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Enriched fertiliser to fight zinc deficiency

Work is underway to improve the nutritional content of staple crops to tackle malnutrition (© Neil Palmer (CIAT))
Work is underway to improve the nutritional content of staple crops to tackle malnutrition
© Neil Palmer (CIAT)

'Hidden hunger' - the lack of essential micronutrients in the diet, such as iron (Fe), zinc (Zn) and Vitamin A - is a growing global concern, and a major cause of child mortality and mental impairment. Every year, an estimated 400,000 children, predominantly in Asia, die from zinc deficiency alone, nearly as many as die from malaria. Symptoms include diarrhoea, poor growth, and weaker resistance to infections such as pneumonia. But increasing micronutrient concentrations in grain through the use of specially enhanced fertilisers could be a fast and cost-effective way to improve nutritional health among cereal-dependent communities.

Currently, nearly 50 per cent of global cereal production takes place on land with inadequate levels of soil-available zinc, reducing crop yields as well as contributing to poor child health and high mortality rates. In the past, little research attention has been given to enrichment of cereals grains, but biofortification of staple crops with target micronutrients (zinc, iron and Vitamin A) is now a key focus for the Consultative Group on International Agricultural Research (CGIAR), through its HarvestPlus programme.

Adding zinc oxide (ZnO) or zinc sulphate (ZnSO4) to a standard (NPK) fertiliser, for example, boosts grain yields in rice and wheat, with ZnSO4 also significantly enhancing Zn concentration in the grain. Increasing micronutrient levels in the soil, through enriched fertilisers, is recommended as the quickest and most locally-appropriate way to enhance Zn uptake by plants and people, simultaneously improving crop yields and dietary Zn levels.

Zinc-enrichment in Asia

Adding zinc to a standard fertiliser, boosts grain yields in rice and wheat, and enhances zinc concentration in the grain (© FAO/Ahmed Ouoba)
Adding zinc to a standard fertiliser, boosts grain yields in rice and wheat, and enhances zinc concentration in the grain
© FAO/Ahmed Ouoba

In Central Anatolia, Turkey, use of Zn-enriched soil and foliar fertilisers has been carried out since the mid-1990s. Farmers using the enriched fertilisers have more than doubled the Zn concentration in their grain, and generated significant increases in plant growth and grain yield, worth an estimated US$100 million per year. In India, use of Zn-enriched urea (ZEU) has been found to boost grain yield in rice and wheat, and to offer a 60 per cent increase in Zn concentration. Other non-dietary benefits from high Zn concentration in grain include: better seed viability and vigour, allowing for a reduced seeding rate; improved stand establishment in marginal lands; and greater tolerance to environmental stresses during early growth stages.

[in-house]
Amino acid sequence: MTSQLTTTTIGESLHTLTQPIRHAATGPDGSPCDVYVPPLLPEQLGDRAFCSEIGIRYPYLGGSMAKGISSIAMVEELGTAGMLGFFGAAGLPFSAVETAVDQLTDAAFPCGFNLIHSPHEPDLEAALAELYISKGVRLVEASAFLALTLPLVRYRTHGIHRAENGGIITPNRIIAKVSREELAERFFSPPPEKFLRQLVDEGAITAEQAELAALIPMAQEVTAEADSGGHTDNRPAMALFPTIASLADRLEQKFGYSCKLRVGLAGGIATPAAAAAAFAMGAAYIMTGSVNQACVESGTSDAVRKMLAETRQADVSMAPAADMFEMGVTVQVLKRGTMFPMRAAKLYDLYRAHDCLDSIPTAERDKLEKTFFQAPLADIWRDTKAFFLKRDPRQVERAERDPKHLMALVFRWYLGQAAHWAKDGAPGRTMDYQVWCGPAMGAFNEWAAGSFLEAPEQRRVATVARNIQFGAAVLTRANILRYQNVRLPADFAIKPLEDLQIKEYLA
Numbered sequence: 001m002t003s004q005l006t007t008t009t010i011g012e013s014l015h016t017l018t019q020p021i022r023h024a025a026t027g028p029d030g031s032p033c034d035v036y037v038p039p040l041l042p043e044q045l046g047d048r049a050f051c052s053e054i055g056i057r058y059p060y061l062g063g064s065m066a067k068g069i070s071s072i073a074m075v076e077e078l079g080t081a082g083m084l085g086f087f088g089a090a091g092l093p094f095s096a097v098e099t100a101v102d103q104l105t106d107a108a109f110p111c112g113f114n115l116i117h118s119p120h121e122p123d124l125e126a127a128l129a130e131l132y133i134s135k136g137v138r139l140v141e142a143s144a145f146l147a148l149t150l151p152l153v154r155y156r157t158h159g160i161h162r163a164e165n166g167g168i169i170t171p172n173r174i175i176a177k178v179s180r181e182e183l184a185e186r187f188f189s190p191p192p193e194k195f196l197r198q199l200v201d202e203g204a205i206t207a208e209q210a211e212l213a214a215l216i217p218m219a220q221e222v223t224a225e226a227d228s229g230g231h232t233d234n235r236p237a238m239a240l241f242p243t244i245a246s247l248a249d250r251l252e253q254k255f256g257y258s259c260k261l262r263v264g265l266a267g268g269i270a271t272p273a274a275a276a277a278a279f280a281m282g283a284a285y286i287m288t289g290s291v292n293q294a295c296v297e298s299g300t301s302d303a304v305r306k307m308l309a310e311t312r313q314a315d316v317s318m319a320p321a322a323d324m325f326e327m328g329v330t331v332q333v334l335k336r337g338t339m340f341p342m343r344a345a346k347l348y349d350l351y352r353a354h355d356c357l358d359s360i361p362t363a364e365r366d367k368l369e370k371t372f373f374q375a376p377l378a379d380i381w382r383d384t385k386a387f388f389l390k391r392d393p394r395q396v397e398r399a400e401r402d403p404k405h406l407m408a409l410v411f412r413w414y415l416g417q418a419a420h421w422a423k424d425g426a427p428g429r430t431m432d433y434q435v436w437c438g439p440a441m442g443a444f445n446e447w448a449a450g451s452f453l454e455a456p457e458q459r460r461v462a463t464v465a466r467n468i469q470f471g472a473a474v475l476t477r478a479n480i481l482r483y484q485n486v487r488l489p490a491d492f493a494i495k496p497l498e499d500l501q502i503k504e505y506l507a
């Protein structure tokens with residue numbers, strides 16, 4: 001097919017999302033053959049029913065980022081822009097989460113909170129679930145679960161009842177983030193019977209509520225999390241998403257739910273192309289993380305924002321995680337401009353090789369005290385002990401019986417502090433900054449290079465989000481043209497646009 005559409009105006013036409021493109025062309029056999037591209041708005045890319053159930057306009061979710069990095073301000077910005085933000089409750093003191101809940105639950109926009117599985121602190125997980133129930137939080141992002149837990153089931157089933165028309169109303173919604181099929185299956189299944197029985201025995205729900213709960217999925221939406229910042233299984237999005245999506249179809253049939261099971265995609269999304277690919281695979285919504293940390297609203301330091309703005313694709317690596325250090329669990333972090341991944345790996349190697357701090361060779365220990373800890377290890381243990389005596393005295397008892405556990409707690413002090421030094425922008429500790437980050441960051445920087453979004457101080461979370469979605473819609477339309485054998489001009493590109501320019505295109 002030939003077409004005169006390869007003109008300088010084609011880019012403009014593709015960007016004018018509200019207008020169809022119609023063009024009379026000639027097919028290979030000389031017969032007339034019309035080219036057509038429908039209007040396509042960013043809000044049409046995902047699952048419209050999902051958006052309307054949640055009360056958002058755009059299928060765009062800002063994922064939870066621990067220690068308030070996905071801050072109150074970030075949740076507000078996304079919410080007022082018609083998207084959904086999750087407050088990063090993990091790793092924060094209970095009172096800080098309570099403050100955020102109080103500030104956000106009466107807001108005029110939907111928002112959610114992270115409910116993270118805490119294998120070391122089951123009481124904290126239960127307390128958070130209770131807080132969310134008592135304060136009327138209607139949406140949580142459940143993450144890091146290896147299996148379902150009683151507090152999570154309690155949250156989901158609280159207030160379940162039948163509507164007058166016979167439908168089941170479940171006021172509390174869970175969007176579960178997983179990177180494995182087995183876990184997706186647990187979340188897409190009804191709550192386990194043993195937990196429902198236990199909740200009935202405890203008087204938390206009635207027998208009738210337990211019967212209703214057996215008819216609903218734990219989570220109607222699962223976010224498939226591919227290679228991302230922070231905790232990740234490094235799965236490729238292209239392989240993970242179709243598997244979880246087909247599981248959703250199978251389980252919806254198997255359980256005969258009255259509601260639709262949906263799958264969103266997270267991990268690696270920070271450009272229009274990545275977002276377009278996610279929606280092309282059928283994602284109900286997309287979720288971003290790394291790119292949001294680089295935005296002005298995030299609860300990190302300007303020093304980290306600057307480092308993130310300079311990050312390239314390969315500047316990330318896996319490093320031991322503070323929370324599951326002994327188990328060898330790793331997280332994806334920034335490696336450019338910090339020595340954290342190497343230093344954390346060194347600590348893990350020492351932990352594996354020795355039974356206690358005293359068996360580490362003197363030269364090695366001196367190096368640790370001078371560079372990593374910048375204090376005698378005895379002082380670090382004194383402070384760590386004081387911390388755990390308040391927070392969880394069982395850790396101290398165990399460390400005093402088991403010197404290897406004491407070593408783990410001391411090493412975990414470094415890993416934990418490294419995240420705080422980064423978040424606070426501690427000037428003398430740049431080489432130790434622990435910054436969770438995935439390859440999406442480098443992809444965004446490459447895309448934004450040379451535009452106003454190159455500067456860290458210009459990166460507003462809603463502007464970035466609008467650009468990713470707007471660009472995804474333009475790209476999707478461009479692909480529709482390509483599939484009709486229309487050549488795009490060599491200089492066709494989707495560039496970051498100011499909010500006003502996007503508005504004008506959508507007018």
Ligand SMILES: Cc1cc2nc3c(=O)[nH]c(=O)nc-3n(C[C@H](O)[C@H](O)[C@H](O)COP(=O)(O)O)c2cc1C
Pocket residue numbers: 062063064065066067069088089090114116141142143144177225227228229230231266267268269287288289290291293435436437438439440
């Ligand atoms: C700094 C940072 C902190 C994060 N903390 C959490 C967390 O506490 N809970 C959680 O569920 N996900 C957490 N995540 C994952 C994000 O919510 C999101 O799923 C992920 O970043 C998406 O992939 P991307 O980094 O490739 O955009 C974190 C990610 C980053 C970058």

For resource poor families, consumption of sufficient micronutrients is often compromised by high food prices, with Zn deficiency in locally-grown grain compounding the problem. In this situation, use of Zn-enriched fertiliser could be very cost effective: applying 2-3 kg/ha has been found to bring an increase in yields worth double the value of the fertiliser applied. In addition, soil-applied zinc sulphate remains effective for two to three years, bringing residual benefits for later crops. In Pakistan's wheat-rice system, for example, applying ZnSO4 in wheat crops has significantly increased grain yields in subsequent rice crops. Virtually no toxicity is documented in Zn-treated soils, but periodic soil monitoring is recommended, in order to prevent over-dosing and damage to the environment.

International recognition

Biofortification of staple crops with target micronutrients is now a key focus for the CGIAR (© Neil Palmer (CIAT))
Biofortification of staple crops with target micronutrients is now a key focus for the CGIAR
© Neil Palmer (CIAT)

The successful use of Zn-enriched fertiliser in Turkey has been highly praised by the International Fertiliser Industry Association, which in 2005 recognised lead Turkish researcher, Dr Ismail Çakmak with its International Crop Nutrition Award. An IFA press release notes, "The Anatolia initiative is one of the world's first examples of using agricultural practices to address public health problems as well as improved crop production, and its success provides a model for countless other nations. More soils throughout the world lack zinc than any other micronutrient. About 50 per cent of the world population suffers from iron and zinc deficiencies, which can be addressed through this cost-effective method."

While increasing Zn concentration in grain through fertilisers has clear benefits for crop yields and human diets, the progeny of such grain do not maintain these high Zn levels in either foliage or seed. Crop gene pools exhibit a wide variation, both in terms of micronutrient content and the availability of those nutrients for absorption by the body. Achieving permanent, plant-based improvement in Zn concentration is possible, but demands a long term breeding programme, as is being pursued by HarvestPlus. In the meantime, policymakers should prioritise the adoption of Zn-enriched fertilisers, as well as complementary strategies such as food fortification.

Written by: Hafeez ur Rehman

Date published: May 2011

 

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